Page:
-d, --device=<dev> Use device <dev> as the video device. If <dev> is a number, then /dev/video<dev> is used. -V, --vbi-device=<dev> Use device <dev> as the vbi device. If <dev> is a number, then /dev/vbi<dev> is used. -r, --radio-device=<dev> Use device <dev> as the radio device. If <dev> is a number, then /dev/radio<dev> is used. -S, --sdr-device=<dev> Use device <dev> as the SDR device. If <dev> is a number, then /dev/swradio<dev> is used. -e, --exp-buf-device=<dev> Use device <dev> as the video device used to export DMABUFfers for doing DMABUF streaming tests. If <dev> is a number, then /dev/video<dev> is used. If this option is not specified, then the DMABUF streaming tests will be skipped. -s, --streaming=<count> Enable the streaming tests. Set <count> to the number of frames to stream (default 60). This requires that before v4l2-compliance is called the device has been configured with a valid input (or output) and frequency (when the device has a tuner). For DMABUF testing --expbuf-device needs to be set as well. The configuration of the driver at the time v4l2-compliance was called will be used for the streaming tests. -f, --stream-all-formats Test whether all available formats can be streamed. This attempts to stream using MMAP mode or read/write (if V4L2_MEMORY_MMAP is not available) for one second for all formats, at all sizes, at all intervals and with all field values. In addition, if the driver supports scaling, cropping or composing it will test that as well in various combinations. If the driver supports a lot of combinations then this test can take a long time. The configuration of the driver at the time v4l2-compliance was called will be used for the streaming tests. -c, --stream-all-color=color=red|green|blue,skip=<skip>,perc=<perc> For all supported, non-compressed formats stream <skip + 1> frames. For the last frame go over all pixels and calculate which of the R, G and B color components of a pixel has the highest value and count that as a red, green or blue pixel. The test succeeds if at least perc percent of the frame has the given color. This requires that a valid and predominantly red, green or blue video signal is present on the input(s). If skip is not specified, then just capture the first frame. A non-zero skip value is useful if it takes a few frames for the device to calibrate. If perc is not specified, then this defaults to 90%. Most signal generators are able to generate pure red, blue or green video. For cameras you can print a completely red, green or blue picture and hold it before the camera. The goal of this test is to determine if all pixel formats will interpret the red, green and blue colors correctly and that no color components are swapped. The configuration of the driver at the time v4l2-compliance was called will be used for the streaming tests. -a, --stream-all-io Do the -s, -c and -f streaming tests for all inputs or outputs instead of just the current input or output. This requires that a valid video signal is present on all inputs or that all outputs are hooked up. -n, --no-warnings Turn off warning messages. They are still counted in the summary, but you won't see them. -T, --trace Trace all called ioctls. -v, --verbose Turn on verbose reporting. -w, --wrapper Use the libv4l2 wrapper library for all V4L2 device accesses. Note that doing this will cause some tests to fail because the libv4l2 library isn't fully V4L2 compliant. By default v4l2-compliance will bypass libv4l2 and access the V4L2 devices directly. -h, --help Prints the help message.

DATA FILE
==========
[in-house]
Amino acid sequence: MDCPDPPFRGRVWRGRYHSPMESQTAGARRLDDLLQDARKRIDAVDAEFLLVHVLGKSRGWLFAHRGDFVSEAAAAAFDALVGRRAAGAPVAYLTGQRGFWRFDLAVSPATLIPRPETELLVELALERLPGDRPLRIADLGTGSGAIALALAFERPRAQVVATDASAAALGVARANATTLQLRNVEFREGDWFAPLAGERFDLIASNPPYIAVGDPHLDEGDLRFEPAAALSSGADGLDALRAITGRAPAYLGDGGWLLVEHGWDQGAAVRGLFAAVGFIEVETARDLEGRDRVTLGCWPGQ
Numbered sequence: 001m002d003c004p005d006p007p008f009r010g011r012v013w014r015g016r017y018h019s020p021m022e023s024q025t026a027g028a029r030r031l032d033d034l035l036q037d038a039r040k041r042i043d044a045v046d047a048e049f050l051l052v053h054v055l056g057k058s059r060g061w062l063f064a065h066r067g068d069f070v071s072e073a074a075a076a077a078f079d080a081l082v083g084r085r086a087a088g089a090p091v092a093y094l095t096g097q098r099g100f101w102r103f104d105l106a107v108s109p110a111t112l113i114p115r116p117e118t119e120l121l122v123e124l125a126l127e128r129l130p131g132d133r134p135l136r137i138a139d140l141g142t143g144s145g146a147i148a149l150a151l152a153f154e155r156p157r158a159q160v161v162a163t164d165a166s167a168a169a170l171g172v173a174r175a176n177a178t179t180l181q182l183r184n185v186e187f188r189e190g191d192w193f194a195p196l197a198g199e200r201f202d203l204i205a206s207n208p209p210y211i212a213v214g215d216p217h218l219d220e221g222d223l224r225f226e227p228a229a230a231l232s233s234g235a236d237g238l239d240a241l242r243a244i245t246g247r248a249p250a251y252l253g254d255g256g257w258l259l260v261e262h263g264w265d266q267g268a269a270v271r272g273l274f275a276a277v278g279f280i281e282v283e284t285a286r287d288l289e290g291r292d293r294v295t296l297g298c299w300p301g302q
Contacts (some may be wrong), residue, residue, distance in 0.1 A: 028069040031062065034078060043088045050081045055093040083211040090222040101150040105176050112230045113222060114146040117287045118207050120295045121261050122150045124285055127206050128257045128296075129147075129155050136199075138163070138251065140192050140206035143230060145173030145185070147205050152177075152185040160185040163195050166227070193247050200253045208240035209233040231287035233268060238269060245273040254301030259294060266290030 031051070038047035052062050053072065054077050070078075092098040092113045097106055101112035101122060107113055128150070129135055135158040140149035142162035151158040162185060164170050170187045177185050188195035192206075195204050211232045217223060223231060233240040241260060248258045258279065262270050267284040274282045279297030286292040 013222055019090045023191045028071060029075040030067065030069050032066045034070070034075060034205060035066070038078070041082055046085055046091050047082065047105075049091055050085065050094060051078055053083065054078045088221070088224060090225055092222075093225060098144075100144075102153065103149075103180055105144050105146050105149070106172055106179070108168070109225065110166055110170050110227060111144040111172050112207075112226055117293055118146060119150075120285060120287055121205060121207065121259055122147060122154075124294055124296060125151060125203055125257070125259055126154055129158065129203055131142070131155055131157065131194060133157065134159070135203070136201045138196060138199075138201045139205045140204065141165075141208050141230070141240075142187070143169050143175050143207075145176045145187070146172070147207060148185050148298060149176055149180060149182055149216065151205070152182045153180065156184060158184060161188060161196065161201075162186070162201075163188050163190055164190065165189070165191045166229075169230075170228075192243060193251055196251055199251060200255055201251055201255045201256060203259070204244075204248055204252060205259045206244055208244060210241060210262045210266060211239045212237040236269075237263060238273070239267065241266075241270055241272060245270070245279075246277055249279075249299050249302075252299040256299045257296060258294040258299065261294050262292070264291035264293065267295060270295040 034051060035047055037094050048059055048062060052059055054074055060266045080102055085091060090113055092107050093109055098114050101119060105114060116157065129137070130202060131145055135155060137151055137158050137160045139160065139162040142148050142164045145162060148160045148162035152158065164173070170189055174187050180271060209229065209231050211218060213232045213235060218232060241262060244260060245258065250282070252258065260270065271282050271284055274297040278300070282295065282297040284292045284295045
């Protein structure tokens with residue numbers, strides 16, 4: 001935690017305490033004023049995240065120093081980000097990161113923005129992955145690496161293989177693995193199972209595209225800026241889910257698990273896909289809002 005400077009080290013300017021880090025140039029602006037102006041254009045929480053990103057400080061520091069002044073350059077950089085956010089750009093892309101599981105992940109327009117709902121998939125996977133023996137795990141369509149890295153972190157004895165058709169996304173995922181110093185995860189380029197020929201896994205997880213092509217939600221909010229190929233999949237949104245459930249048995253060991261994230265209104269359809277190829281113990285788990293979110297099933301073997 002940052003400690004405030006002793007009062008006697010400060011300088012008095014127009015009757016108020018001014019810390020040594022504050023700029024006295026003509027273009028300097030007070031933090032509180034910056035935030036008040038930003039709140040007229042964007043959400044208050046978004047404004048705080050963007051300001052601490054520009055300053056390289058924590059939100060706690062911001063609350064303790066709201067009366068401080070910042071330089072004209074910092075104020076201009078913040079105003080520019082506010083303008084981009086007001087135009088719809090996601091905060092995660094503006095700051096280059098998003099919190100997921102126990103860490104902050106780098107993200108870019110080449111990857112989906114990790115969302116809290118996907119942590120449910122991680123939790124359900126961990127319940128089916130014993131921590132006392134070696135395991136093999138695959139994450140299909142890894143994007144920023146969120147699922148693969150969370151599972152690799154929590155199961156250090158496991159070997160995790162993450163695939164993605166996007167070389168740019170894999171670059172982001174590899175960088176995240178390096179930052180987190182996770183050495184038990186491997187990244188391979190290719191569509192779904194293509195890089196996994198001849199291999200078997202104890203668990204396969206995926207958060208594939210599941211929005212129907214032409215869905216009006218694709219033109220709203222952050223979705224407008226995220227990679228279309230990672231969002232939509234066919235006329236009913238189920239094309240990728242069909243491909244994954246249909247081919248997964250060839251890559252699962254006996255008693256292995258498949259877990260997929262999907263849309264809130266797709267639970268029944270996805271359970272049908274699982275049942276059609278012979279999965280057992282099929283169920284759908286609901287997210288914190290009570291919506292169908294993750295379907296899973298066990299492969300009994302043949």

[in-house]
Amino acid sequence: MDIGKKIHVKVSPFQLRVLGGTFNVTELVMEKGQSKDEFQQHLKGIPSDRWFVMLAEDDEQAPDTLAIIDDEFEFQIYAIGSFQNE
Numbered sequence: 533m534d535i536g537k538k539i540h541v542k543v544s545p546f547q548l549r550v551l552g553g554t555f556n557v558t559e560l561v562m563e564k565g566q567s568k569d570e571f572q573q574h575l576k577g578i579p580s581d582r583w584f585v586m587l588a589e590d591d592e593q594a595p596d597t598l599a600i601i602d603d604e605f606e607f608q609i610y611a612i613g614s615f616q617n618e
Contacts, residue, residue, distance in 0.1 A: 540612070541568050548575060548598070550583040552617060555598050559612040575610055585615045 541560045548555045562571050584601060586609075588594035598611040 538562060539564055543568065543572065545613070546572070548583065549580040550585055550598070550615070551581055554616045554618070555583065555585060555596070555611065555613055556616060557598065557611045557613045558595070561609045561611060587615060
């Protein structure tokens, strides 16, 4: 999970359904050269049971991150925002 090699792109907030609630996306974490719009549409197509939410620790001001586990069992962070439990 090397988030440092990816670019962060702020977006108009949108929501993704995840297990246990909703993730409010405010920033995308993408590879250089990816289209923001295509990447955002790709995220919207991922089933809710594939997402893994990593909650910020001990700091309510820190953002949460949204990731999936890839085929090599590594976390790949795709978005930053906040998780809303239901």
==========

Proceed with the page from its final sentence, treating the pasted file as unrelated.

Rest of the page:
On success, it returns 0. Otherwise, it will return the error code.
This is a work in progress, and every so often it turns out that some tests done by v4l2-compliance are too strict or plain wrong. If you suspect that might be the case, then report such bugs to the email@example.com mailinglist.